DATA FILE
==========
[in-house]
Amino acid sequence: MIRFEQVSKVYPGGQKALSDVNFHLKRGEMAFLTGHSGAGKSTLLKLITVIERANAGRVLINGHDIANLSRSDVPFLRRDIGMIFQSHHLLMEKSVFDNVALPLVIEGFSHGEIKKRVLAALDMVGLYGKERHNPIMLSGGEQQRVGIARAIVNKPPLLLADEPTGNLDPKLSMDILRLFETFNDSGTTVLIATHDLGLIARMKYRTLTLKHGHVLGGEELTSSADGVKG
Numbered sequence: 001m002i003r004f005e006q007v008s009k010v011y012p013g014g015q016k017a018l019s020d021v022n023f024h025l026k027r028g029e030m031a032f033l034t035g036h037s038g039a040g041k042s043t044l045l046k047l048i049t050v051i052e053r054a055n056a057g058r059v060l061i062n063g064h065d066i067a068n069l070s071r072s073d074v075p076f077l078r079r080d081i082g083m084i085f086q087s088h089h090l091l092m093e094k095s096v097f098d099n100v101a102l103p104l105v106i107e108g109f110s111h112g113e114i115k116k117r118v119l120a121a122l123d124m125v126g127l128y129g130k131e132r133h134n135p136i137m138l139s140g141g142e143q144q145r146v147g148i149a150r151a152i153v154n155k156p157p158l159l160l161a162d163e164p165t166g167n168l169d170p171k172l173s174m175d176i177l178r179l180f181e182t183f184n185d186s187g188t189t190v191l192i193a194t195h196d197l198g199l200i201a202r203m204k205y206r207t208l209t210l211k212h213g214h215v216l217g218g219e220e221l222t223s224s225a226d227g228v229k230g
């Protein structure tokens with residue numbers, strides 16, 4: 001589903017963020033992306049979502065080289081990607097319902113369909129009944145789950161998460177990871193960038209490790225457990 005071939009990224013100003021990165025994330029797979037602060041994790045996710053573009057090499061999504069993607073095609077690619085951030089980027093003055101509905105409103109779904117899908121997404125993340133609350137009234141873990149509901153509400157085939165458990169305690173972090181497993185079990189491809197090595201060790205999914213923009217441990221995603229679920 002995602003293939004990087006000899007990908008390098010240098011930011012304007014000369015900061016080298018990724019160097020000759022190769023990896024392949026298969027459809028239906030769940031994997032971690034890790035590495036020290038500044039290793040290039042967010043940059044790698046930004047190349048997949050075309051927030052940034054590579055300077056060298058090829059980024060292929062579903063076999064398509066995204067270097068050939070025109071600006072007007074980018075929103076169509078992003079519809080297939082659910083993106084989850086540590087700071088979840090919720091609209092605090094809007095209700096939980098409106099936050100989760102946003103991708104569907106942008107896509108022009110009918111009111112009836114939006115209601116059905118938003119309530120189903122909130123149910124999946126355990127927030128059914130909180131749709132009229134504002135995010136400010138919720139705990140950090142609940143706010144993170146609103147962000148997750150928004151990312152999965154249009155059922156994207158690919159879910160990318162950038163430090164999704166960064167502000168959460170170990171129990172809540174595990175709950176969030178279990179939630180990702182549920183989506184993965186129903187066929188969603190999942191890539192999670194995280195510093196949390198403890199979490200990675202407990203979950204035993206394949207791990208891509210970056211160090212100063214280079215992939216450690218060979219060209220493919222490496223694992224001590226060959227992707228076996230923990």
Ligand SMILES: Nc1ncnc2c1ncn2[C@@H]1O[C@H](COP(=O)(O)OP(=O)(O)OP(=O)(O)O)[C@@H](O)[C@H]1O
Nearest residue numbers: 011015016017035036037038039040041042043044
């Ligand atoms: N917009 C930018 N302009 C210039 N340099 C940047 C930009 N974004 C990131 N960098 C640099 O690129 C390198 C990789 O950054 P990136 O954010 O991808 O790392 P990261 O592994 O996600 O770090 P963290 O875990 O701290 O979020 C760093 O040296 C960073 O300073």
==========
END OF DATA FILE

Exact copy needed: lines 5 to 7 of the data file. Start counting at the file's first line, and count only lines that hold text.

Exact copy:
Ligand SMILES: Nc1ncnc2c1ncn2[C@@H]1O[C@H](COP(=O)(O)OP(=O)(O)OP(=O)(O)O)[C@@H](O)[C@H]1O
Nearest residue numbers: 011015016017035036037038039040041042043044
């Ligand atoms: N917009 C930018 N302009 C210039 N340099 C940047 C930009 N974004 C990131 N960098 C640099 O690129 C390198 C990789 O950054 P990136 O954010 O991808 O790392 P990261 O592994 O996600 O770090 P963290 O875990 O701290 O979020 C760093 O040296 C960073 O300073």